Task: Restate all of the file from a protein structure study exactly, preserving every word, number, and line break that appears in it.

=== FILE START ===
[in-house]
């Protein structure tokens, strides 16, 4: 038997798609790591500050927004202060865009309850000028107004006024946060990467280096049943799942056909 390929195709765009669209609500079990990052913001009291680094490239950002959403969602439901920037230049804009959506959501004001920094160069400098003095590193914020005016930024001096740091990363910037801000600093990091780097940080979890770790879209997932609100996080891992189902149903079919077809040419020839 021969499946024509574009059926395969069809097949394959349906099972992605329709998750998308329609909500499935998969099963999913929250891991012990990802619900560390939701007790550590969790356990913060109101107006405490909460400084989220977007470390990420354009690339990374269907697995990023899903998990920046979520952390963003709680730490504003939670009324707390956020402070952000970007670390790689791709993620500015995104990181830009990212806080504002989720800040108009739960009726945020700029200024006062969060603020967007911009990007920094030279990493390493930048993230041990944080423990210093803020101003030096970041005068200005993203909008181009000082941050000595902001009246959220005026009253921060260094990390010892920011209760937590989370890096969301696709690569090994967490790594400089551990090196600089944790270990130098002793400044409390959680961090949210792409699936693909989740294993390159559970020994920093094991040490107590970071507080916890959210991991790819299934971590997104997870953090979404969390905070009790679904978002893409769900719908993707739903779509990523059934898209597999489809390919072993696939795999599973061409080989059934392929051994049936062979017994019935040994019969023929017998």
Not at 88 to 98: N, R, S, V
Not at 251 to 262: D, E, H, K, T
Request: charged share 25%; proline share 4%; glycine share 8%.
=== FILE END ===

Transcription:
[in-house]
């Protein structure tokens, strides 16, 4: 038997798609790591500050927004202060865009309850000028107004006024946060990467280096049943799942056909 390929195709765009669209609500079990990052913001009291680094490239950002959403969602439901920037230049804009959506959501004001920094160069400098003095590193914020005016930024001096740091990363910037801000600093990091780097940080979890770790879209997932609100996080891992189902149903079919077809040419020839 021969499946024509574009059926395969069809097949394959349906099972992605329709998750998308329609909500499935998969099963999913929250891991012990990802619900560390939701007790550590969790356990913060109101107006405490909460400084989220977007470390990420354009690339990374269907697995990023899903998990920046979520952390963003709680730490504003939670009324707390956020402070952000970007670390790689791709993620500015995104990181830009990212806080504002989720800040108009739960009726945020700029200024006062969060603020967007911009990007920094030279990493390493930048993230041990944080423990210093803020101003030096970041005068200005993203909008181009000082941050000595902001009246959220005026009253921060260094990390010892920011209760937590989370890096969301696709690569090994967490790594400089551990090196600089944790270990130098002793400044409390959680961090949210792409699936693909989740294993390159559970020994920093094991040490107590970071507080916890959210991991790819299934971590997104997870953090979404969390905070009790679904978002893409769900719908993707739903779509990523059934898209597999489809390919072993696939795999599973061409080989059934392929051994049936062979017994019935040994019969023929017998």
Not at 88 to 98: N, R, S, V
Not at 251 to 262: D, E, H, K, T
Request: charged share 25%; proline share 4%; glycine share 8%.